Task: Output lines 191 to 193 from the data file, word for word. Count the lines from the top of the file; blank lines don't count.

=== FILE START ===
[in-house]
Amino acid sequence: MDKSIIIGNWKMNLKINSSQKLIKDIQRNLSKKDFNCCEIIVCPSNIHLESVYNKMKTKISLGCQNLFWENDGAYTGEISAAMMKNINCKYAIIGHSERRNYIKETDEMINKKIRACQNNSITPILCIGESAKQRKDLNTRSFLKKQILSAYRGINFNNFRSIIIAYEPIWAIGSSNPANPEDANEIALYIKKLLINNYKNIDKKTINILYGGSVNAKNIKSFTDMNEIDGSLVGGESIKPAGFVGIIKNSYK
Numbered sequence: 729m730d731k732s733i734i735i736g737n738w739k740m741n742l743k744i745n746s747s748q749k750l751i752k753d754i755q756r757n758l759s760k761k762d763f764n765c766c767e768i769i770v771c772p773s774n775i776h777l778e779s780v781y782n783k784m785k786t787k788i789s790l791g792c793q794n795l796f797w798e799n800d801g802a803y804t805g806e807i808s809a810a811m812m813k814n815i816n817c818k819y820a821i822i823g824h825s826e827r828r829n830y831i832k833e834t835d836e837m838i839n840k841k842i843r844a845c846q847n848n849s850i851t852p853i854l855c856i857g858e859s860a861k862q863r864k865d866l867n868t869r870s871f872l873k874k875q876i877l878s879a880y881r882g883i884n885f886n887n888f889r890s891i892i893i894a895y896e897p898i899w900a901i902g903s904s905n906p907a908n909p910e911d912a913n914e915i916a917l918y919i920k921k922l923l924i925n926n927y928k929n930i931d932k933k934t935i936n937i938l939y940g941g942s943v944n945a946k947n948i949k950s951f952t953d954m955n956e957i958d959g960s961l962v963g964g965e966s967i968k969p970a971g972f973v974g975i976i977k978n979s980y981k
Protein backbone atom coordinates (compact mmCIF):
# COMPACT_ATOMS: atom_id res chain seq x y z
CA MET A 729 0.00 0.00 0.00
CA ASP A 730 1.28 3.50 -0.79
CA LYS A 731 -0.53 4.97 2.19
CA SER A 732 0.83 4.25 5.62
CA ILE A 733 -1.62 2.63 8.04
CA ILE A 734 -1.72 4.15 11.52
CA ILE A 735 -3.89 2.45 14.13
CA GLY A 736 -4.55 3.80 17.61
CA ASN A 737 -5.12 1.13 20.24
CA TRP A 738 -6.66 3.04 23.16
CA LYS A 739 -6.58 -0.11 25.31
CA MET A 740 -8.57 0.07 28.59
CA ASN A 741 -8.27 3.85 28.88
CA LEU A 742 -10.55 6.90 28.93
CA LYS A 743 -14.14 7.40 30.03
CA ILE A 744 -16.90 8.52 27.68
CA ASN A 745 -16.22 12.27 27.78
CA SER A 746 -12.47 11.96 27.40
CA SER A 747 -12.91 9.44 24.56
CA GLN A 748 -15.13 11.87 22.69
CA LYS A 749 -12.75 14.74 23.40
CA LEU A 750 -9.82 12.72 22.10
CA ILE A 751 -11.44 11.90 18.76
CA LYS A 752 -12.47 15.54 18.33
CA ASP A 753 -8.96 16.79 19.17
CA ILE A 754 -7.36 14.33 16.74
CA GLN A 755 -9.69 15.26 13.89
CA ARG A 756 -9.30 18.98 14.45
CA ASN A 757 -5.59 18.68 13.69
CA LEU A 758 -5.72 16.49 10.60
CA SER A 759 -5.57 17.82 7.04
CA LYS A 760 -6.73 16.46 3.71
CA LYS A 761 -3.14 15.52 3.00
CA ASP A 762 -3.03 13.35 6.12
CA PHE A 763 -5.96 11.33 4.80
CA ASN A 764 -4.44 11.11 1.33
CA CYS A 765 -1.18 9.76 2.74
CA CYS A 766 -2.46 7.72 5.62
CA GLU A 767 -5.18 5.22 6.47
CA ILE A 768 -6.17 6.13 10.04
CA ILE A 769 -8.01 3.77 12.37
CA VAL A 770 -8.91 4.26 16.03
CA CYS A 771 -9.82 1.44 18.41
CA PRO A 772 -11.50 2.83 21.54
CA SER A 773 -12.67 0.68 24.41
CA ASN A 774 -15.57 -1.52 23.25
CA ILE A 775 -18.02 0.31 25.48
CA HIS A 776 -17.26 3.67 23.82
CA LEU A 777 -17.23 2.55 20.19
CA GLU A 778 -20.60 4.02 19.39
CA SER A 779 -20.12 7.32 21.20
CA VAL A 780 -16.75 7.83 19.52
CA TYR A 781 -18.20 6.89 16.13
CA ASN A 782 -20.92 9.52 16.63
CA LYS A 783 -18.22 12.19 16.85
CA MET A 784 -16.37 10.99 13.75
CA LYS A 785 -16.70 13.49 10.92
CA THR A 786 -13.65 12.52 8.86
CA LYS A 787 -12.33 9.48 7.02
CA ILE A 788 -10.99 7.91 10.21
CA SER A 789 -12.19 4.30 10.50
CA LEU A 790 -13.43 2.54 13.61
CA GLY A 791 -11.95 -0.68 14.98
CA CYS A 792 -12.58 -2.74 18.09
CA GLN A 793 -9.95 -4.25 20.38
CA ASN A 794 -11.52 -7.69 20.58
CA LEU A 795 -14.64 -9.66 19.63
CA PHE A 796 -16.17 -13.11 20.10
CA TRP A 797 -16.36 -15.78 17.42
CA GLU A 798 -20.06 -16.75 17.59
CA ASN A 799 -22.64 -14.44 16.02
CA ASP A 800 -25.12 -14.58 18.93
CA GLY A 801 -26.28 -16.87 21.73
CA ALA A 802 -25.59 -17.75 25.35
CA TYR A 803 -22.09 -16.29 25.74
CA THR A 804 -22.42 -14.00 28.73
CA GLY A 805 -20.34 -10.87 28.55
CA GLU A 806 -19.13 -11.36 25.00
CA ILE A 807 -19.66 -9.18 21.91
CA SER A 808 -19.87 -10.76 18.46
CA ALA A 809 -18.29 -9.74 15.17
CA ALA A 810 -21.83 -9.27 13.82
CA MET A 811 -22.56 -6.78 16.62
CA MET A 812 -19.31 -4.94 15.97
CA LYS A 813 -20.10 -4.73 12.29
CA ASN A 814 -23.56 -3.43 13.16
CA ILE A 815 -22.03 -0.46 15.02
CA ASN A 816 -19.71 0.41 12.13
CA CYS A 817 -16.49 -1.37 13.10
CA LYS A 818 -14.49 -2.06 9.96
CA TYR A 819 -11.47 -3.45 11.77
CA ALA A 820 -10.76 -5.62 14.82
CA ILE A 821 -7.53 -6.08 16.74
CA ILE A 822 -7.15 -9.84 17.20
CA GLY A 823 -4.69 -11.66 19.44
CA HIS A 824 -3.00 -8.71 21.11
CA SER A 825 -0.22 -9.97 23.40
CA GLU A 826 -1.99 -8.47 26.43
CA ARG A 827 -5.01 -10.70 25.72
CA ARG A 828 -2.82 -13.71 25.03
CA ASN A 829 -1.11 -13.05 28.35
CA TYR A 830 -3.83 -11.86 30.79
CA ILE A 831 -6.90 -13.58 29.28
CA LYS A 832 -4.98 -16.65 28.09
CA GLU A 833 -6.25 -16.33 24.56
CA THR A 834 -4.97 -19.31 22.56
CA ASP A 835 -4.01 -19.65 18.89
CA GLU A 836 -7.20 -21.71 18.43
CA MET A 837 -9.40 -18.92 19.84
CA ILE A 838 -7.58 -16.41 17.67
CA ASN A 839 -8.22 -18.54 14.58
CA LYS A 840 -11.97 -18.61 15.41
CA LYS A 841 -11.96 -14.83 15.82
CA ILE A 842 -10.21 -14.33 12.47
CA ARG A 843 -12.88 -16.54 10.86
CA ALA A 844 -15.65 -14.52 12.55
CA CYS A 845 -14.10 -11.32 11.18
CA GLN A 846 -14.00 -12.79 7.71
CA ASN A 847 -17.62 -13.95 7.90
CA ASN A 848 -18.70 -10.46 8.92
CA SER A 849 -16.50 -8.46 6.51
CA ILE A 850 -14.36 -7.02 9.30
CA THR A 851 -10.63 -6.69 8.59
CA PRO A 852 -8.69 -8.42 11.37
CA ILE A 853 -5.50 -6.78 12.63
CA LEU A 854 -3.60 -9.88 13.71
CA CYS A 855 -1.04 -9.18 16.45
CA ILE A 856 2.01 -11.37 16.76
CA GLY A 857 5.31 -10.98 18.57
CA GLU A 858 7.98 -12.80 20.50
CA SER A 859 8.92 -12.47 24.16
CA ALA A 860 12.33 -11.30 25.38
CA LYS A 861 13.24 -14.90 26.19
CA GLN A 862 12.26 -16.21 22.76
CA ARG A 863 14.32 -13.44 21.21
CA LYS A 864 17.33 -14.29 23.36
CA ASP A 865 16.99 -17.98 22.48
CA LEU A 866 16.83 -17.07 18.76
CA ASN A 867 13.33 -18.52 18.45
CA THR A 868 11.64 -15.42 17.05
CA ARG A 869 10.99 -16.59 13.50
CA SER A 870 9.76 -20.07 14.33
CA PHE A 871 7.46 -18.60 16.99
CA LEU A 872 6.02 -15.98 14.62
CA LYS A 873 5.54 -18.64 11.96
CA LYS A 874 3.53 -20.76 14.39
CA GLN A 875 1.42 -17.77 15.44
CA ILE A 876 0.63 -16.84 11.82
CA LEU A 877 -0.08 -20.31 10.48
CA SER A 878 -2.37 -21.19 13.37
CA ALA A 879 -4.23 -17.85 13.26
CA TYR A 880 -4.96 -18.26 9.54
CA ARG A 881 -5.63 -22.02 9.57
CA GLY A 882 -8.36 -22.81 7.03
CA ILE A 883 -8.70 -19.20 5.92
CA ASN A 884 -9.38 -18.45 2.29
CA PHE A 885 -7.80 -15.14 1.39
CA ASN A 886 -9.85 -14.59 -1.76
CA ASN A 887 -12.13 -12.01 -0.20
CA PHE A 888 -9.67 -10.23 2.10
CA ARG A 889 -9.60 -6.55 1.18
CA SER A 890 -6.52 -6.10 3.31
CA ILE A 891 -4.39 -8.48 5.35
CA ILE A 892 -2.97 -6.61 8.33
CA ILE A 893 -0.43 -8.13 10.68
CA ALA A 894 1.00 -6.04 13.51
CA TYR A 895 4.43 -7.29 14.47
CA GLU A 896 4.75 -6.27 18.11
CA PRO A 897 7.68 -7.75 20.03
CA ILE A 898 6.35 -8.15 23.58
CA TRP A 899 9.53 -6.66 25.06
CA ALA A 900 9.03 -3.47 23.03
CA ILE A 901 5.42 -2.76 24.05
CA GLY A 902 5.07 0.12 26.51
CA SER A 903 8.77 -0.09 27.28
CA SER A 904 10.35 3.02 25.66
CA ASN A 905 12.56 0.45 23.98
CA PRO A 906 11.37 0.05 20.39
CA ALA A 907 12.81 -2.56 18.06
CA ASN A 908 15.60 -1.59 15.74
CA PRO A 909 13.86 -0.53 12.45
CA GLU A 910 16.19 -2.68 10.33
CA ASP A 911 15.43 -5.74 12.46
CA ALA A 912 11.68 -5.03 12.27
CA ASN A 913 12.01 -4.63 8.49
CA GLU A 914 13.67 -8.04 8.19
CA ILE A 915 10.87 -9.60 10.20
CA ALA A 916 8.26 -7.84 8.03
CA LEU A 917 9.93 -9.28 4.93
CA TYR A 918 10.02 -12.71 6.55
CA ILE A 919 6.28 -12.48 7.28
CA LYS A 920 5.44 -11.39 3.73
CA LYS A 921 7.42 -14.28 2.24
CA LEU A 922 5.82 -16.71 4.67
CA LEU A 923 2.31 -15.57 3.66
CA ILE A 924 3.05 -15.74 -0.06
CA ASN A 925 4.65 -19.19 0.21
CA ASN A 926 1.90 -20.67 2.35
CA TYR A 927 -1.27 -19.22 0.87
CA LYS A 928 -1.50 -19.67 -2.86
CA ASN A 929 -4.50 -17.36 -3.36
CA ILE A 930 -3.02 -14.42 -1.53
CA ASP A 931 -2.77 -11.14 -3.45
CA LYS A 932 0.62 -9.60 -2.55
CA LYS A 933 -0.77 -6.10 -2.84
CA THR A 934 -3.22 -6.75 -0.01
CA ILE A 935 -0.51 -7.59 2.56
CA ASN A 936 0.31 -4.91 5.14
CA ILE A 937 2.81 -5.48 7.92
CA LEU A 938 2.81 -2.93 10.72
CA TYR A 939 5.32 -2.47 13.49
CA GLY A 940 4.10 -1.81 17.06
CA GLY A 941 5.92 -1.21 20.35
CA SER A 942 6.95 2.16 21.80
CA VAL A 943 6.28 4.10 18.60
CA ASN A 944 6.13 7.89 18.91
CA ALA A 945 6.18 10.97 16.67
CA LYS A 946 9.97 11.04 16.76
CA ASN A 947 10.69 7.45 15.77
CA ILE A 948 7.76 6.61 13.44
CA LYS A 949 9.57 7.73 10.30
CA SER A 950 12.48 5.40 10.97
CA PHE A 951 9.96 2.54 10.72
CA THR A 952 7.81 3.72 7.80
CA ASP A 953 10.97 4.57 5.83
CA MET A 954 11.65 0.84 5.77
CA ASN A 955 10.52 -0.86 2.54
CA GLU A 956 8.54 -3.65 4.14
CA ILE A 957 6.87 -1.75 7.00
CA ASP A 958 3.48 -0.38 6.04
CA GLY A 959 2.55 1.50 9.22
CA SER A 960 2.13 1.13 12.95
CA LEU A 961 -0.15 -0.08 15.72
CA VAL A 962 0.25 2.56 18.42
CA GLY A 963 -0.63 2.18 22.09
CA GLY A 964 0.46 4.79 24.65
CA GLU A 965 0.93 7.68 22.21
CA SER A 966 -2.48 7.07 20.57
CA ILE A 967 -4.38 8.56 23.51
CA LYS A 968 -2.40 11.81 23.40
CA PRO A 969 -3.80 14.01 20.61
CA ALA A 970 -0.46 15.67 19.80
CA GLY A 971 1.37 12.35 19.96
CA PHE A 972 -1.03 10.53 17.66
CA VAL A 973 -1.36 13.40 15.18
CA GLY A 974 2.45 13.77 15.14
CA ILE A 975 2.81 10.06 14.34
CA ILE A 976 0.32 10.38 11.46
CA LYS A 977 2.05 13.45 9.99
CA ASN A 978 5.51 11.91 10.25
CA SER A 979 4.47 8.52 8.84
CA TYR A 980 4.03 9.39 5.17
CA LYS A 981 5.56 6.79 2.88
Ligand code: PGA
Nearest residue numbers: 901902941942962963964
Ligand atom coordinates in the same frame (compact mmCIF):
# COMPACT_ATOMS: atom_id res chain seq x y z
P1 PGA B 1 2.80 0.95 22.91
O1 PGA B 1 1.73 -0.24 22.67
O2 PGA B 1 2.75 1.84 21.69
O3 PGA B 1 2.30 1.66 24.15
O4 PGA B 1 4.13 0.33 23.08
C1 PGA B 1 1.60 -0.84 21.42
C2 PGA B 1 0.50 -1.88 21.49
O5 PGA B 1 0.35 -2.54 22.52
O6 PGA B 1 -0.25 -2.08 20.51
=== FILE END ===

CA GLU A 914 13.67 -8.04 8.19
CA ILE A 915 10.87 -9.60 10.20
CA ALA A 916 8.26 -7.84 8.03